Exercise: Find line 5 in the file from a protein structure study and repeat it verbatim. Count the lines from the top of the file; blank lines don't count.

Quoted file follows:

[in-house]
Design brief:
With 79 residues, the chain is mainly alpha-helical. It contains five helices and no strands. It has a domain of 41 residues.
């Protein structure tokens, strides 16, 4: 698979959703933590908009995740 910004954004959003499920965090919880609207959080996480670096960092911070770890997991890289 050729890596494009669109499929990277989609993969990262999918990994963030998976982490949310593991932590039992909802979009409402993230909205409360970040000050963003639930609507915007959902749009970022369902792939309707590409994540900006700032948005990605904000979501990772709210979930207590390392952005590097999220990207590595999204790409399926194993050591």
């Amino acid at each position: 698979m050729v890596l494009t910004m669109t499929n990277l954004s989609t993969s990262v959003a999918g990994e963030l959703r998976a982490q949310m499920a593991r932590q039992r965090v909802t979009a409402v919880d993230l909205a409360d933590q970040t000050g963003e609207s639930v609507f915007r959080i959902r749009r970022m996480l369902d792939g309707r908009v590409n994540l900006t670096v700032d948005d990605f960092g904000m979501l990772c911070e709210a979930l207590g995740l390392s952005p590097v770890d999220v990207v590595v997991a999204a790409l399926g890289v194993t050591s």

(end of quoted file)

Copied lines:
């Amino acid at each position: 698979m050729v890596l494009t910004m669109t499929n990277l954004s989609t993969s990262v959003a999918g990994e963030l959703r998976a982490q949310m499920a593991r932590q039992r965090v909802t979009a409402v919880d993230l909205a409360d933590q970040t000050g963003e609207s639930v609507f915007r959080i959902r749009r970022m996480l369902d792939g309707r908009v590409n994540l900006t670096v700032d948005d990605f960092g904000m979501l990772c911070e709210a979930l207590g995740l390392s952005p590097v770890d999220v990207v590595v997991a999204a790409l399926g890289v194993t050591s």